Insurance Commissioner Ricardo Lara, who spearheaded legislation for the waiver application when he was a state senator, said the request was rescinded because of concern that the Trump administration would use immigrants’ information against them.
The waiver application has not been resubmitted by the state, but it’s still an option, Lara said.
Even if a waiver were approved, undocumented residents would still have to purchase insurance without federal subsidies. The state could, in theory, provide some financial assistance, health advocates say.
Lara said Newsom made Medi-Cal expansion for undocumented immigrants a priority in this year’s budget, which shows just how much attitudes around the issue have changed.
“Back in the day this was an issue that people thought would cost you the election or cost you grief. It’s a tremendous shfit in attitude toward the undocumented community,” Lara said.
But to truly get to universal coverage, California will need to continue innovative approaches and drill down on affordability, Lara said. He authored a single-payer bill in 2017 and thinks that type of system is inevitable, but will take time. In the meantime, he said the state should keep expanding coverage where it can.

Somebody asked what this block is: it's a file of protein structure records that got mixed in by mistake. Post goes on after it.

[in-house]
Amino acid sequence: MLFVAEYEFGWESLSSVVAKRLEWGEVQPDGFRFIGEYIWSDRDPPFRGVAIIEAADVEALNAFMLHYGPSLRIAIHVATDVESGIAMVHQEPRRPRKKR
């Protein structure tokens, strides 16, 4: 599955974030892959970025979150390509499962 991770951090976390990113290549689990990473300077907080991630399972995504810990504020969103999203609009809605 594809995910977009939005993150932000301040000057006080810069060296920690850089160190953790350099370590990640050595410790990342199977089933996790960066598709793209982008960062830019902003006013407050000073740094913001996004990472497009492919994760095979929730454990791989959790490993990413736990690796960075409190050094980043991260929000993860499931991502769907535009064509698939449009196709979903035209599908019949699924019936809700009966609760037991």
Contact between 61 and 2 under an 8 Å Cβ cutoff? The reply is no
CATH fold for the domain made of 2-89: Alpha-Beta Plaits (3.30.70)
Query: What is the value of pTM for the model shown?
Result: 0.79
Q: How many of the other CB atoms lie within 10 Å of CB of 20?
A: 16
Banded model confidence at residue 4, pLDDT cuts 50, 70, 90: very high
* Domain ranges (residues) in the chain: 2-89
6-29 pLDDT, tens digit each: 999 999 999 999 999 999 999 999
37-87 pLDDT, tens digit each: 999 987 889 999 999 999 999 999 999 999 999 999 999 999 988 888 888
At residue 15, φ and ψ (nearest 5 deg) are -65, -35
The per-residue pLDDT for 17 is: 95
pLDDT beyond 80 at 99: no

Last month, the Legislature’s latest version of a bill that would have created a state-funded single payer system died on the Assembly floor. It didn’t have enough votes, according to its author, Assemblymember Ash Kalra of San Jose.
Lack of access because of immigration status is just one piece of the remaining uninsured. Many other Californians forgo coverage despite being eligible, likely because of the cost. According to the UC Berkeley and UCLA study, 2 million uninsured people qualify for Medi-Cal, employer coverage or Covered California.
“The most common reason that people eligible for employer coverage remain uninsured is that they can’t afford the premium contributions,” said Laurel Lucia, director of the Health Care Program at UC Berkeley’s Labor Center.
People eligible for Medi-Cal may go without it for a number of reasons. A report from the California Health Care Foundation found that people may be deterred from applying because of misinformation or a negative perception of the Medi-Cal program. Some who tried applying reported having a hard time navigating the enrollment process.
Similarly, people eligible for Covered California may go without it because they either don’t know they are eligible for financial aid or may still not be able to afford it even with the help.
Covered California officials last month announced that because of a temporary boost in federal subsidies, two-thirds of enrollees in its most recent sign-up period were eligible to get coverage for $10 or less a month. This year’s enrollment period closed with a record 1.8 million Californians signed up for health insurance through the marketplace.
To further aid with affordability, the chairs of the Legislature’s health committees recently introduced bills that aim to reduce deductibles and copays for people enrolled through Covered California.